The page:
Economic analysis of conventional and conservation bench terrace systems in a sub-humid climate.

Book Title: NA
Year Published: 2004
Month Published: NA
Author: Sharda, V.N. ; Dhyani, B.L.
Book Group Author: NA
Abstract:

Water scarcity, accelerated soil erosion, and food security are the basic concerns in rain-dependent agricultural systems. The conservation bench terrace (CBT) system, in conjunction with water harvesting and recycling techniques, is an efficient conservation measure for in situ rain water harvesting, minimizing soil erosion, and sustaining productivity in arid, semi-arid, and sub-humid climates. Economic analysis has revealed that the CBT system exhibited 71.7% and 58.5% higher net present value (NPV), respectively, when compared to a rainfed maize-wheat system and a conventional system of sloping borders (i.e., making plots on slopes at 2% to 4%) with supplemental irrigation from harvested runoff. Various combinations of conventional and CBT systems were analyzed for economic efficiency, nutrient loss, and food security under different probabilities of runoff-producing rainfall by extrapolating the experimental data. The pure CBT system was found to be inadequate to generate sufficient runoff to provide even one pre-sowing irrigation of 5 cm depth to winter wheat crop. In contrast, pure conventional and a combination of conventional and CBT systems in the ratios of 50:50 and 75:25 had the potential to yield runoff more than sufficient to provide two supplemental irrigations to wheat crop at all probability levels. However, these systems result in higher soil and nutrient losses. The conventional and CBT systems in the ratio of 25:75 produced sufficient runoff to provide two irrigations with negligible overflow. Benefit cost ratio (BCR), payback period (PBP), and internal rate of return (IRR) criteria favor the pure CBT system owing to its low initial investment on pond construction for less runoff storage. However, NPV was always superior for combinations of conventional and CBT systems in the ratios of 25:75 or 50:50 over other combinations. Total maize-equivalent and energy production criteria also confirm that these two combinations perform better than the others. It is thus concluded that conventional and CBT systems in the ratios of 50:50 or 25:75 are the best choices to maximize economic returns, ensure food security, minimize soil and nutrient losses, and produce sufficient runoff for harvesting and recycling under rainfed cropping systems in sub-humid climates.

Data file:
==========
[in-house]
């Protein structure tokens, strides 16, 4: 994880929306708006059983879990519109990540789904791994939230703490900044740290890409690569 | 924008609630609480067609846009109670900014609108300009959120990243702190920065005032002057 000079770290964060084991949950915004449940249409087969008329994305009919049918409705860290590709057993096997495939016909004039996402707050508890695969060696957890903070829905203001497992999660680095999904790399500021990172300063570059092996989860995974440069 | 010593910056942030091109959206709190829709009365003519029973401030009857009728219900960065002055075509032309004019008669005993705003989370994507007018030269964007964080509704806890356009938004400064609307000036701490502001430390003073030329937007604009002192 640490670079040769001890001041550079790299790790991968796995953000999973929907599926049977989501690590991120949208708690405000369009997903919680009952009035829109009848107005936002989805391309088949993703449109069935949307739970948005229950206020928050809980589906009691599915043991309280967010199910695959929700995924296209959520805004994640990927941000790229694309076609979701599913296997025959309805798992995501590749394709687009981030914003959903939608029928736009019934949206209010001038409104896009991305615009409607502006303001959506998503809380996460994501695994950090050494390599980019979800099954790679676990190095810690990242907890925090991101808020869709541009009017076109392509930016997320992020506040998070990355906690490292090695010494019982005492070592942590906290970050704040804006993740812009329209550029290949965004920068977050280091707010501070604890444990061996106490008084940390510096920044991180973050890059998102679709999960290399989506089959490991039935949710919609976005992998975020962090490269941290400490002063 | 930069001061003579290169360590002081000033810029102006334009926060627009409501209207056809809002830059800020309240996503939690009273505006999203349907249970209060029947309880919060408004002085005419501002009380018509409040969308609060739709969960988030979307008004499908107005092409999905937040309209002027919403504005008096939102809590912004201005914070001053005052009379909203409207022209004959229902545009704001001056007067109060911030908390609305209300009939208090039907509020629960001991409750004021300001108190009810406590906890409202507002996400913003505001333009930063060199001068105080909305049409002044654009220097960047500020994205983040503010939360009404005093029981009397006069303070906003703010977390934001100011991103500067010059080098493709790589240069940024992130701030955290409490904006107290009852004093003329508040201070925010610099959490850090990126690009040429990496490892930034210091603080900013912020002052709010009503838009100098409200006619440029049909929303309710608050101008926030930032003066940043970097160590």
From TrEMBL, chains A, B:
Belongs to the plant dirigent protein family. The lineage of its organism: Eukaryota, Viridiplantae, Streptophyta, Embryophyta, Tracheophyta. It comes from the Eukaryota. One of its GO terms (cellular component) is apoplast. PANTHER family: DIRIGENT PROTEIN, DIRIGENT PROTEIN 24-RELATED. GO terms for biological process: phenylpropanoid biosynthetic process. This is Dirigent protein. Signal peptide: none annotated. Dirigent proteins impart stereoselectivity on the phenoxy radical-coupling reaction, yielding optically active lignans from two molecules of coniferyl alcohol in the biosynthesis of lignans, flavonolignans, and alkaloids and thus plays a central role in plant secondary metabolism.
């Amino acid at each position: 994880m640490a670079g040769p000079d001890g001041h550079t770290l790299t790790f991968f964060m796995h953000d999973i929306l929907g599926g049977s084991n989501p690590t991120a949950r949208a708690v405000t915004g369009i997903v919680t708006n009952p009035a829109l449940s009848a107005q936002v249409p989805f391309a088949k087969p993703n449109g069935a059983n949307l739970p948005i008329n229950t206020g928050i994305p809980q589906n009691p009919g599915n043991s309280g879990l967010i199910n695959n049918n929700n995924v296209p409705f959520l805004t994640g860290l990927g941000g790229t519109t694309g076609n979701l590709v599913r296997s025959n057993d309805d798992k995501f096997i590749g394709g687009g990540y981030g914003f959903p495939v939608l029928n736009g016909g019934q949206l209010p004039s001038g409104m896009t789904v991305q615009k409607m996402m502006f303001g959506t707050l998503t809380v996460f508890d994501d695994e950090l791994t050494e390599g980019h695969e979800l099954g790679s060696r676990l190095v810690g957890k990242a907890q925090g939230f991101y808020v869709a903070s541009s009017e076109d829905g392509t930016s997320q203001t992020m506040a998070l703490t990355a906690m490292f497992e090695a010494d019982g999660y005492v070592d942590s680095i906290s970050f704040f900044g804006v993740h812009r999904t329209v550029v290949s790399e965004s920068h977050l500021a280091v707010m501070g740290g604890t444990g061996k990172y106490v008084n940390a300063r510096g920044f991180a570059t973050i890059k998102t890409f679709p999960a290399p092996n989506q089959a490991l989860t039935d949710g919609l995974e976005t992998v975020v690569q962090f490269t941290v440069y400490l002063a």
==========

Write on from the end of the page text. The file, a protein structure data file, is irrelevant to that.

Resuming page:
Pages: 711 - 720
URL: http://0-search.ebscohost.com.catalog.library.colostate.edu/login.aspx?direct=true&AuthType=cookie,ip,url,cpid&custid=s4640792&db=agr&AN=IND43637576&site=ehost-live
Volume: 47
Number: 3
Journal: Transactions of the ASAE
Journal ISO: NA
Organization: NA
Publisher: NA
ISBN: NA
ISSN: 00012351
DOI: NA
Keywords:

Oryza sativa, rice, corn, Triticum aestivum, Zea mays,production economics, subhumid zones, costs and returns, grain crops,cost benefit analysis, winter wheat, agricultural runoff, irrigationwater, water harvesting, terracing, terraces, slope, crop production,water reuse, runoff irrigation, irrigated farming, India

Source: EBSCO
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